Friday, April 27, 2012

Kitchen Appliances for Writers

I'm an experimental cook. Meaning I wait until the last minute because I'm caught up in some writing project and completely forget it's time to eat, and then I go in search of something to throw together. So most meals are experiments in creativity. Isn't that what writers do?

I have an old stove. 
For an old one, it's still reliable and mostly accurate. I use it to cook eggs for breakfast, store pots and pans (lots of storage in this thing), and occasionally cook pasta. Sometimes I'll stir fry. Every now and again, I'll roast potatoes or veggies in the oven. I cook most of my meat and many of my veggies on the gas grill outside. No cleanup. Just turn up the gas and turn on a timer. I have forgotten the time before and end up with no gas.

Recently I have added a couple of appliances that make my life so much easier. Bear with me. I know it's Poetry Friday and there is a poem coming.

This is my Ninja!

It is the most amazing blender ever invented. The motor sits on top. Absolutely no mess, no dials, just a punch button to make it go. The blades are super sharp, so be careful. Perfect for a smoothy snack. Or a smoothy lunch if that meal snuck up on you. The smaller bowl is additional, with it's own blades for chopping things.

My most recent addition is the cool rice cooker. I'd heard of rice cookers before. My daughter has one, but as I don't cook much rice, I never really thought much about one. A few weeks ago, my nephew, the one who keeps me organized and dressed fashionably, took me shopping. "You need a rice cooker," he said. So, we bought a rice cooker. I love it. I've looked at a couple of other since I bought this one, and I like mine the best of any I've seen. Rice cooks in the bottom while anything from fish to green beans or both, steams in the basket above it. Fantabulous! Now I can put dinner on before I sit down and start that project. I doesn't overcook or burn if I forget it. And I always have leftover rice for rice pudding. It's good for  breakfast. I throw the rice pudding together and let it cook while eating dinner. Cool it, stick it in the fridge, and pull it out for breakfast. East cold or reheat in the microwave. (That other appliance I'd find it hard to live without.)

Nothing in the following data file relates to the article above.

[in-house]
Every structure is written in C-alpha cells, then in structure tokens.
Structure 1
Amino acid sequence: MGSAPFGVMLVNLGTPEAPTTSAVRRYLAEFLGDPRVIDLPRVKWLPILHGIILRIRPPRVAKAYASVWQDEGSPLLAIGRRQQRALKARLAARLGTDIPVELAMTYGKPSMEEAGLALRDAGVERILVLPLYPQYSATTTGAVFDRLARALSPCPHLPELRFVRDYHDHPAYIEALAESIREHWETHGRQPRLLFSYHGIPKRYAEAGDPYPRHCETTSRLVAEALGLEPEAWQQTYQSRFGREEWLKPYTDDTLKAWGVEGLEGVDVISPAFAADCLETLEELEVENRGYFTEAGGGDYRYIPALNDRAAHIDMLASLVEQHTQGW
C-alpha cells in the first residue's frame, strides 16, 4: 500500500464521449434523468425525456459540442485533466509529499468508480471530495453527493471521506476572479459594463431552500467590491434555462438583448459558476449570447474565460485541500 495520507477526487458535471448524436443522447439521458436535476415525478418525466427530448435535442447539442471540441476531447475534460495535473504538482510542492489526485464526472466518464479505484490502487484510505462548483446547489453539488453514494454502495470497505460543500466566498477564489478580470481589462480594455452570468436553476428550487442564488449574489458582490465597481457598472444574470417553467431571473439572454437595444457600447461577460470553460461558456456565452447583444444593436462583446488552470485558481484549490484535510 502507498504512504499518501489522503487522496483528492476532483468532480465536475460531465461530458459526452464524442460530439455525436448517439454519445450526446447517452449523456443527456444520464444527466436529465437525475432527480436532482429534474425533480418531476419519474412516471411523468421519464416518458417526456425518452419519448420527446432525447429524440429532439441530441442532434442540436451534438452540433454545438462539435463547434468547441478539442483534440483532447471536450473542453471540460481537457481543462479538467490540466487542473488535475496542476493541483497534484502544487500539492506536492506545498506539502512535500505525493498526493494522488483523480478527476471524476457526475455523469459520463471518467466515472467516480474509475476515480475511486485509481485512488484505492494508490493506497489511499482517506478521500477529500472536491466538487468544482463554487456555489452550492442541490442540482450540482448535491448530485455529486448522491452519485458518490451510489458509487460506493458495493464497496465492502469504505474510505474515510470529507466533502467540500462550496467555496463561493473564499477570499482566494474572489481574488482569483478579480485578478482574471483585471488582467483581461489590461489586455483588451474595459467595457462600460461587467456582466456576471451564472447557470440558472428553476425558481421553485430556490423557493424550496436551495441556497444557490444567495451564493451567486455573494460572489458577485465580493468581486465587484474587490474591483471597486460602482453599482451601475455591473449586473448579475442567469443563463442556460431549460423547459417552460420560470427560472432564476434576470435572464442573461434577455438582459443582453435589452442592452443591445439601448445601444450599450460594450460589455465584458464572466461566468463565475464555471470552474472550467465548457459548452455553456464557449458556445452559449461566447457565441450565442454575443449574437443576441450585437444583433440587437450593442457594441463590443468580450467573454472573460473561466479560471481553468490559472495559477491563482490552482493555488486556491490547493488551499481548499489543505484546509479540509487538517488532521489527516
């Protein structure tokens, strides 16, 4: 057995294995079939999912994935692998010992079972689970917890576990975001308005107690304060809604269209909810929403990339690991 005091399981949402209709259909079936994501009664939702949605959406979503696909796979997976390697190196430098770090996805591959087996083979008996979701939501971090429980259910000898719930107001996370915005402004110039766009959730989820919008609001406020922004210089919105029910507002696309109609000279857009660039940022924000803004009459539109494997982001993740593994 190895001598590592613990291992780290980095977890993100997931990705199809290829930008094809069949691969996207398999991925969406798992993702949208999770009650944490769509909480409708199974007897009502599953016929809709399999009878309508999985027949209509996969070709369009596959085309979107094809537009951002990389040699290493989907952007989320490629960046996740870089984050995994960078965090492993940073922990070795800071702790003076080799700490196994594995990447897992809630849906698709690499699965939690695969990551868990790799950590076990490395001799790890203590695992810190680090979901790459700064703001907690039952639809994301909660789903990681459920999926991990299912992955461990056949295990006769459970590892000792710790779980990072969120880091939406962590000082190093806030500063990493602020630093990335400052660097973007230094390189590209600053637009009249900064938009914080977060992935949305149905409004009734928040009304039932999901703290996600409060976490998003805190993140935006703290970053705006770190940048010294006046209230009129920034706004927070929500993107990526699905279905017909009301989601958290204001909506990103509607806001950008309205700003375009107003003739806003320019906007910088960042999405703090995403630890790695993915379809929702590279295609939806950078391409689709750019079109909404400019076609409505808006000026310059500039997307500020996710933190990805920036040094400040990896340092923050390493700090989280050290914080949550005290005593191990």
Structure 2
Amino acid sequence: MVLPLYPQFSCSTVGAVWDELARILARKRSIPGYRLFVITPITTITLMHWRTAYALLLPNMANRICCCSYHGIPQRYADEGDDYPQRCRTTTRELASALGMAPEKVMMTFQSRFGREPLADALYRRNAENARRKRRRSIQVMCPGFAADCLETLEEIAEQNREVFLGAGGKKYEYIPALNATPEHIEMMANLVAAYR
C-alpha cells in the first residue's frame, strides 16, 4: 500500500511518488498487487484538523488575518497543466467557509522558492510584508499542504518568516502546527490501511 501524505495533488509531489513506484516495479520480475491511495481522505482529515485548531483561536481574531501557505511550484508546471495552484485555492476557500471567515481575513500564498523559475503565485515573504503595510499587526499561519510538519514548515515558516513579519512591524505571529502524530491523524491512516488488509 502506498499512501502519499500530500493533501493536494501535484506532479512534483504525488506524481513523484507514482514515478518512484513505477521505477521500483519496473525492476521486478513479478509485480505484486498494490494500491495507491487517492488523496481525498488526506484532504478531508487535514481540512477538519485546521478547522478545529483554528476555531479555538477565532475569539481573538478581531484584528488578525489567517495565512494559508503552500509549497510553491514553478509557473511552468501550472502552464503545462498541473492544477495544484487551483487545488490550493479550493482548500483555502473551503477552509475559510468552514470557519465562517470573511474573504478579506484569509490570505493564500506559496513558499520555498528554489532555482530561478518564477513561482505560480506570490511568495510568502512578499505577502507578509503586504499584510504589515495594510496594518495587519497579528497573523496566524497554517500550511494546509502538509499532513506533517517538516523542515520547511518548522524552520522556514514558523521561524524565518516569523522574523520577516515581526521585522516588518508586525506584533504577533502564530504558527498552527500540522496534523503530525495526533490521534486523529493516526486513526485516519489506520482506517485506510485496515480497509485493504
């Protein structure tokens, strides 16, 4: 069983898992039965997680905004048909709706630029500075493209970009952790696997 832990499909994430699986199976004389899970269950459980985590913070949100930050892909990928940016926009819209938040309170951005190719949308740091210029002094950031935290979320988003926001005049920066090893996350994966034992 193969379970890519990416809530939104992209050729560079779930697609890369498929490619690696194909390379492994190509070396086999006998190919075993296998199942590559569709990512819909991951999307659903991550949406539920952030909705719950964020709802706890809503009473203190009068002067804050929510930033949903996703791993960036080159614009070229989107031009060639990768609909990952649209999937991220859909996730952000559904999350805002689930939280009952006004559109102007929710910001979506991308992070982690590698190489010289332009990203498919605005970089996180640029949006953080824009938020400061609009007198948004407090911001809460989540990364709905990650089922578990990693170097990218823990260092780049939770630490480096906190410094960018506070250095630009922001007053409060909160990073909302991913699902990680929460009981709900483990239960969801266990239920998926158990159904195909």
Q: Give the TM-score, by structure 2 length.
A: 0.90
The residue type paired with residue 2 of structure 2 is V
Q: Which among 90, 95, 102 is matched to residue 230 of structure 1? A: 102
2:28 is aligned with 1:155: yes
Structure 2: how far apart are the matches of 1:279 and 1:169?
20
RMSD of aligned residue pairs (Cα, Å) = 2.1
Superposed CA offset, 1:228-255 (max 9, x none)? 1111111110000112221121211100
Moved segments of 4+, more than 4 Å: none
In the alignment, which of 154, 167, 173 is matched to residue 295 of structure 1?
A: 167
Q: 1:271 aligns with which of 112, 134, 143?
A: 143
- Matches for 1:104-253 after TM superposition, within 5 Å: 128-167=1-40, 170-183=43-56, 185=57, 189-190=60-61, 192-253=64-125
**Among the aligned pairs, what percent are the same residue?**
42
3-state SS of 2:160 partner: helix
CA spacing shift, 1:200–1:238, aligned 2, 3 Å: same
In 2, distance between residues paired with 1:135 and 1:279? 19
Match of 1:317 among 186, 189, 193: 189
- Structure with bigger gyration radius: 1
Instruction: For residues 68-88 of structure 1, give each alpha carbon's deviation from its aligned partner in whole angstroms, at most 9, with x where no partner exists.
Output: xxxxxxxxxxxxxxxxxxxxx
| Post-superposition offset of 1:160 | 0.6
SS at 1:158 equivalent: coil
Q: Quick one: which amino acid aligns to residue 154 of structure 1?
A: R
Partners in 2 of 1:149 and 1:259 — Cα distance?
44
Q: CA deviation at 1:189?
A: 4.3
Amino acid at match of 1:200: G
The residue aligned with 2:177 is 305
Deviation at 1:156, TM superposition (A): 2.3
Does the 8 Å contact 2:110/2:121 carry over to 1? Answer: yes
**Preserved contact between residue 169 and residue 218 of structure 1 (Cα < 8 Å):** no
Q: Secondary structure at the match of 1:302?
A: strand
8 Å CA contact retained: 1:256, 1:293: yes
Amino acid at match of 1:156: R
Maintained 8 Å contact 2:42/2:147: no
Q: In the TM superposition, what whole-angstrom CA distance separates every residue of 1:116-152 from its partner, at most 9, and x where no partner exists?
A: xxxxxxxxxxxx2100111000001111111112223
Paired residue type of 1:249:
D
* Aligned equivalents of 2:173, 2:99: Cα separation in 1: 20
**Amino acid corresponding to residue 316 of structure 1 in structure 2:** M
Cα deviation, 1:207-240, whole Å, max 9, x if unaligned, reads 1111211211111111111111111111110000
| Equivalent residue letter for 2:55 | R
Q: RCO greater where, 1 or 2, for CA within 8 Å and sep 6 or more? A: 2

So there you have it, my commercial on this Poetry Friday.

Now poetry. Rice Pudding poetry, of course.

Rice Pudding
by A.A. Milne

What is the matter with Mary Jane?
She’s crying with all her might and main,
And she won’t eat her dinner—rice pudding again—
What is the matter with Mary Jane?

What is the matter with Mary Jane?
I’ve promised her dolls and a daisy-chain,
And a book about animals—all in vain—
What is the matter with Mary Jane?

What is the matter with Mary Jane?
She’s perfectly well, and she hasn’t a pain;
But, look at her, now she’s beginning again!
What is the matter with Mary Jane?

What is the matter with Mary Jane?
I’ve promised her sweets and a ride in the train,
And I’ve begged her to stop for a bit and explain—
What is the matter with Mary Jane?

What is the matter with Mary Jane?
She’s perfectly well, and she hasn’t a pain,
And it’s lovely rice pudding for dinner again!—
What is the matter with Mary Jane?

Tabatha Yeats hosts more Poetry Friday at The Opposite of Indifference

Never tried rice pudding? Here's a quick, easy recipe. I cut the sugar by half because I don't like it so sweet. I have used honey before, too. And my rice is usually not short grain. The long grain works just fine.

Wednesday, April 25, 2012


That's pretty much how I'm feeling today.

I had an email from Allan Wolf who said my post on The Watch that Ends the Night made him feel like a rock star. That's so cool. In my book, he is a rock star. I am honored by his pleasure.

Just being asked to be a guest at Jama's Poetry Potluck is amazing. When I look at the line up of poets, I can't help wondering how I managed to get on that list. Honored. That's how I feel.

Last night I received an award from Columbus State University, College of Letters and Science, as the 2012 Outstanding Alumni in the area of Humanities. I'm honored.
David Lenoue, Dean of the College of Letters and Science, Barbara Hunt, Chairman of the English Department, and me
When I think back on my return to school in 2000, I have so many good memories.

The paper I wrote on the Embryonic Development of a Lizard's Eye. It was for a technical writing class. My professor, Dr. Joe McCallus (who nominated me for the award), came around with slips of paper with general topics. My unlucky choice was biology. Then he assigned an audience. Mine was a ninth grade biology student. Okay. So I picked the lizard's eye, but the requirement was to take something complicated and write so that my audience would get it. Fun? As a matter of fact, it was.

The day Robert Pinsky, visiting poet, refused to answer my question because he assumed I couldn't possibly be a student (at my age! or maybe I just looked teacherly that day). I very graciously shut my mouth, but I still don't read much Pinsky.

Working with Dr. Nick Norwood, an excellent poet, and my first published poem in CSU's literary magazine, The Arden. Now that was something for my eyes to behold.